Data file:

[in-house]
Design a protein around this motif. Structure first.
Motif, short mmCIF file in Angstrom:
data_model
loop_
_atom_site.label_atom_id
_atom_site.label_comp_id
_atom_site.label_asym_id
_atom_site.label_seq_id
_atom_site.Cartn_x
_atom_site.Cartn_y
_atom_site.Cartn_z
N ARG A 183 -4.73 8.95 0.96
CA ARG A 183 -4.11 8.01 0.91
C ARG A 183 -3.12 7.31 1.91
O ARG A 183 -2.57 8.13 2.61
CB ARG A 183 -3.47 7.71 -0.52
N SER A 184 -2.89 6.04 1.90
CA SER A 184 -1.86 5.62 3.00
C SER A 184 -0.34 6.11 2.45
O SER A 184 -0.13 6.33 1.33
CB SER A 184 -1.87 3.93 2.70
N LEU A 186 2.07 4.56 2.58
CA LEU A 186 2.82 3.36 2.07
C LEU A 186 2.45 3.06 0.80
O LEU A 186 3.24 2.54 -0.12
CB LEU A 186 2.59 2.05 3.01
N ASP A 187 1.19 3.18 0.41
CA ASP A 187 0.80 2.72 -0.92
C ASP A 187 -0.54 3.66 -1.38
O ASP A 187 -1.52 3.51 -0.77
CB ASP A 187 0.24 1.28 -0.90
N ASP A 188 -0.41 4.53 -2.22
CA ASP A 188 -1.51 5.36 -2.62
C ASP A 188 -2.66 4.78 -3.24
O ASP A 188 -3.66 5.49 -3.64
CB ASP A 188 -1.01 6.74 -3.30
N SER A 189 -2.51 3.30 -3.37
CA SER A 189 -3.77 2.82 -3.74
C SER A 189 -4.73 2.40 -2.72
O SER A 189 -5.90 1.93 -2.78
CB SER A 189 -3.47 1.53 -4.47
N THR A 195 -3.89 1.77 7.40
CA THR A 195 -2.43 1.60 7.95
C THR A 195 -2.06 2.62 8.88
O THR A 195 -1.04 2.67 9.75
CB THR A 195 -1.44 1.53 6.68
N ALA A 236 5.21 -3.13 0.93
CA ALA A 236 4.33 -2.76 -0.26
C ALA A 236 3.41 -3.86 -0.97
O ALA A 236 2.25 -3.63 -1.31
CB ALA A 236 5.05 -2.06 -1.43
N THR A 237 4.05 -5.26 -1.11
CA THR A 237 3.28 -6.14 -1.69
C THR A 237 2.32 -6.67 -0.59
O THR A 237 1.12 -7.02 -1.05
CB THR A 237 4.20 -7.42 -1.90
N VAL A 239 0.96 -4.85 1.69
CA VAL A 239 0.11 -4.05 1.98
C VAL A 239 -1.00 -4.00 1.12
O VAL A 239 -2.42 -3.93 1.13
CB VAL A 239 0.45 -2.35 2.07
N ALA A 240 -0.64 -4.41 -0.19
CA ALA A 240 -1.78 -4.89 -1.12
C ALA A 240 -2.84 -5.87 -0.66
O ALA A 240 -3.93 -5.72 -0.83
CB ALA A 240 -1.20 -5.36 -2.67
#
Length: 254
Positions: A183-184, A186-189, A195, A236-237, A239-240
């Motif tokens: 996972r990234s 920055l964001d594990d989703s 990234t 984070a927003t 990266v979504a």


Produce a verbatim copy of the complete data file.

[in-house]
Design a protein around this motif. Structure first.
Motif, short mmCIF file in Angstrom:
data_model
loop_
_atom_site.label_atom_id
_atom_site.label_comp_id
_atom_site.label_asym_id
_atom_site.label_seq_id
_atom_site.Cartn_x
_atom_site.Cartn_y
_atom_site.Cartn_z
N ARG A 183 -4.73 8.95 0.96
CA ARG A 183 -4.11 8.01 0.91
C ARG A 183 -3.12 7.31 1.91
O ARG A 183 -2.57 8.13 2.61
CB ARG A 183 -3.47 7.71 -0.52
N SER A 184 -2.89 6.04 1.90
CA SER A 184 -1.86 5.62 3.00
C SER A 184 -0.34 6.11 2.45
O SER A 184 -0.13 6.33 1.33
CB SER A 184 -1.87 3.93 2.70
N LEU A 186 2.07 4.56 2.58
CA LEU A 186 2.82 3.36 2.07
C LEU A 186 2.45 3.06 0.80
O LEU A 186 3.24 2.54 -0.12
CB LEU A 186 2.59 2.05 3.01
N ASP A 187 1.19 3.18 0.41
CA ASP A 187 0.80 2.72 -0.92
C ASP A 187 -0.54 3.66 -1.38
O ASP A 187 -1.52 3.51 -0.77
CB ASP A 187 0.24 1.28 -0.90
N ASP A 188 -0.41 4.53 -2.22
CA ASP A 188 -1.51 5.36 -2.62
C ASP A 188 -2.66 4.78 -3.24
O ASP A 188 -3.66 5.49 -3.64
CB ASP A 188 -1.01 6.74 -3.30
N SER A 189 -2.51 3.30 -3.37
CA SER A 189 -3.77 2.82 -3.74
C SER A 189 -4.73 2.40 -2.72
O SER A 189 -5.90 1.93 -2.78
CB SER A 189 -3.47 1.53 -4.47
N THR A 195 -3.89 1.77 7.40
CA THR A 195 -2.43 1.60 7.95
C THR A 195 -2.06 2.62 8.88
O THR A 195 -1.04 2.67 9.75
CB THR A 195 -1.44 1.53 6.68
N ALA A 236 5.21 -3.13 0.93
CA ALA A 236 4.33 -2.76 -0.26
C ALA A 236 3.41 -3.86 -0.97
O ALA A 236 2.25 -3.63 -1.31
CB ALA A 236 5.05 -2.06 -1.43
N THR A 237 4.05 -5.26 -1.11
CA THR A 237 3.28 -6.14 -1.69
C THR A 237 2.32 -6.67 -0.59
O THR A 237 1.12 -7.02 -1.05
CB THR A 237 4.20 -7.42 -1.90
N VAL A 239 0.96 -4.85 1.69
CA VAL A 239 0.11 -4.05 1.98
C VAL A 239 -1.00 -4.00 1.12
O VAL A 239 -2.42 -3.93 1.13
CB VAL A 239 0.45 -2.35 2.07
N ALA A 240 -0.64 -4.41 -0.19
CA ALA A 240 -1.78 -4.89 -1.12
C ALA A 240 -2.84 -5.87 -0.66
O ALA A 240 -3.93 -5.72 -0.83
CB ALA A 240 -1.20 -5.36 -2.67
#
Length: 254
Positions: A183-184, A186-189, A195, A236-237, A239-240
């Motif tokens: 996972r990234s 920055l964001d594990d989703s 990234t 984070a927003t 990266v979504a």